I believed yoga was a huge contributor to my healing journey, although at the time I might not have fully understood how it worked.  Today, with the integration of neuroimaging and neurophysiological techniques into the study of yoga, research has begun to reveal consistent structural and functional changes in the brain.  With the benefit of magnetic resonance imaging (MRI), positron emission tomography (PET) and/or single-photon emission computed tomography (SPECT) scanning, the benefits of yoga are lighting up our brains!

Although the various research studies have looked at different aspects of yoga, such as movement versus meditation as well as styles of yoga, these studies reflect relatively consistent cerebral structural and functional changes.  What this tells me is that you can’t do it wrong!  It doesn’t matter if you practice Iyengar, Yin, Hatha and/or Kundalini yoga, it will help your brain.  It doesn’t matter if you practice movement, breathing techniques, meditation or chant, it will help your brain.  And with all of the different approaches, including Kids and Chair yoga, yoga is available to help our brains throughout the entire life cycle.

Fast forward with the increasing popularity of yoga worldwide, research is still scarce in yogis yet it is expanding with the assistance of neuroimaging.  And this research is showing that yoga effects the brain both structurally and functionally, specifically in areas involving interoception, posture, motivation, and higher executive functions.  Moving forward, more research is needed to reflect the changes in the brain through neuroimaging when the brain is suffering from the effects of anxiety, depression, PTSD and other stress-induced mental health challenges.  I would have loved to see what my brain looked like before discovering yoga and after integrating my practice into my everyday life.  I think the results would have been very validating!

Virtual Reiki-infused Sound Healing and Meditation Class!

This online group gathering will be conducted using Zoom’s video conferencing, which provides an option to turn off the your audio/video at any time, supporting privacy and facilitating a reduction in distractions.  For first-time attendees, signed release of liability/waiver forms will be needed.  Once these forms have been received, along with payment via PayPal, an email will be sent to you with the link and meeting ID to join the class.  We look forward to being of service to you!

Virtual Community Gathering Practice Tips

We understand that this is not the ideal way to come together to practice and how sometimes just the thought of more technology might bring shivers down our spines.  Accepting that it’s OK to feel intimidated is the first step. We are doing our best to make the connection simple and easy.  Harnessing the warrior energy within will help you to face any tech fears you might have and join us!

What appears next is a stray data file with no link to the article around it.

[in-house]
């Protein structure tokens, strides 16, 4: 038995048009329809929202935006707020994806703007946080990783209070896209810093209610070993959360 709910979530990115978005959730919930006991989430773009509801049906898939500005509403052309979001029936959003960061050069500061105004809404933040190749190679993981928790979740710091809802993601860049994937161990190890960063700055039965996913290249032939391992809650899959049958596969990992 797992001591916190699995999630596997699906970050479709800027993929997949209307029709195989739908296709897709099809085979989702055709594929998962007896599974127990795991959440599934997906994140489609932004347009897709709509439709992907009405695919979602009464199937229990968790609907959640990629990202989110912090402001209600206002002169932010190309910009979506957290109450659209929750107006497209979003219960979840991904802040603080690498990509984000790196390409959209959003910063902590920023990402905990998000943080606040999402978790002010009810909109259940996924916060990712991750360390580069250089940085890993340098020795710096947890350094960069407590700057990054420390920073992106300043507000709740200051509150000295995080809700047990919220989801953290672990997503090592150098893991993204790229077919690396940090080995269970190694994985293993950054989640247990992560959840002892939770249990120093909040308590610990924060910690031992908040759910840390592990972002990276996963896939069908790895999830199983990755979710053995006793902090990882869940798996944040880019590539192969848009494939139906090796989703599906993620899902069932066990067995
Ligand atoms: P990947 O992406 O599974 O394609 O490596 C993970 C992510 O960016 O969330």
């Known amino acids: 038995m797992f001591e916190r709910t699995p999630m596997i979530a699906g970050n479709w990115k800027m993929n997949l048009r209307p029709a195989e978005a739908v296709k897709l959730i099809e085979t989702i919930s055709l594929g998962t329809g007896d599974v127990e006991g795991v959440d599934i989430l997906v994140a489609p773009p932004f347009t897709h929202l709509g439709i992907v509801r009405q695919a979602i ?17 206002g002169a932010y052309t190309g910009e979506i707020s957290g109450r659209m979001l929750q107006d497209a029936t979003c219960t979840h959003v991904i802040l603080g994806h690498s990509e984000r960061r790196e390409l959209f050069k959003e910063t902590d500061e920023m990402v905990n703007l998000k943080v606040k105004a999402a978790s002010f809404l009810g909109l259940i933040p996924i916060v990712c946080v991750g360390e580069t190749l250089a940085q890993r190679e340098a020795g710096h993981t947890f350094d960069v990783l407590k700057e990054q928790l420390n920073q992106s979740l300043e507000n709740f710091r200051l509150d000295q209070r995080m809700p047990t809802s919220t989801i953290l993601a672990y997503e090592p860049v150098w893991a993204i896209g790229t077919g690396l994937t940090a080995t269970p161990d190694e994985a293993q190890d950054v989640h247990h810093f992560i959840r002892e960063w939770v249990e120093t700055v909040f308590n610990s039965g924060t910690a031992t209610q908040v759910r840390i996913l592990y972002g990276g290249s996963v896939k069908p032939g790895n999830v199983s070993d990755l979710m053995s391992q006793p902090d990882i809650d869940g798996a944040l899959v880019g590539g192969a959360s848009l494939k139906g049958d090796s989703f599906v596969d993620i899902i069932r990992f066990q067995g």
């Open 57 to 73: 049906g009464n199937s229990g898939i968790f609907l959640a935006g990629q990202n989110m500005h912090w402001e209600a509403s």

Once you let us know that you are interested in attending, we will send you an email that will include details around what is needed from you, including:

  • Signed Releases/Waivers of Liability forms (one time, for new students only)
  • PayPal information to facilitate payment
  • Checking your email for the Zoom link to join the class
  • A few minutes before the class, simply clicking the link within the email to be sent straight to our meeting room

To facilitate the benefits of such a virtual community practice at home, below we have provided some helpful hints:

  • Set up your mats at least 3 giant steps from your device.
  • Elevate your device 21-24″ from the floor and have it tilted forward slightly.
  • Have your props nearby.
  • Although not required, having a headset or ear buds to listen when the singing bowls are playing may enhance your listening pleasure.
  • Please know you will not need to have your audio/video camera on during the practice.  If you would prefer to reduce the number of distractions or increase the sense of privacy, we invite you to turn off your audio and video once the class starts.

Restorative Yoga Tips and Props

On the day of the class, here are some additional recommendations to create a more sacred space in advance for your practice:

  • Make sure you’ll be in a space where there won’t be any background noises, distractions or interruptions.
  • Adjusting the lighting in the room to your liking, perhaps turning off any overhead lighting and minimizing outdoor light and instead turning on a room lamp or lighting your favorite candle(s).
  • Wear warm, comfortable clothing including socks.
  • If available, bringing your favorite deck of intention cards and essential oil to your mat.
  • Placing your props (see below) to the side of your mat so they are within an easy reach during the class.

 In home prop ideas:

  • Bolster:  couch cushions or a tightly rolled comforter, towel, or blanket (can be secured with 2 ties, scarfs or belts)
  • Pillows:  couch, chair or bed pillows will do
  • Blankets:  your favorite blanket to cover yourself and either 2 additional blankets or bath or beach towels (no sheets)
  • Yoga blocks: books, either paper back or hard cover, stacked
  • Eye pillow:  hand towel, tie or scarf

Is direct neurofeedback a viable non-drug treatment option for ADHD?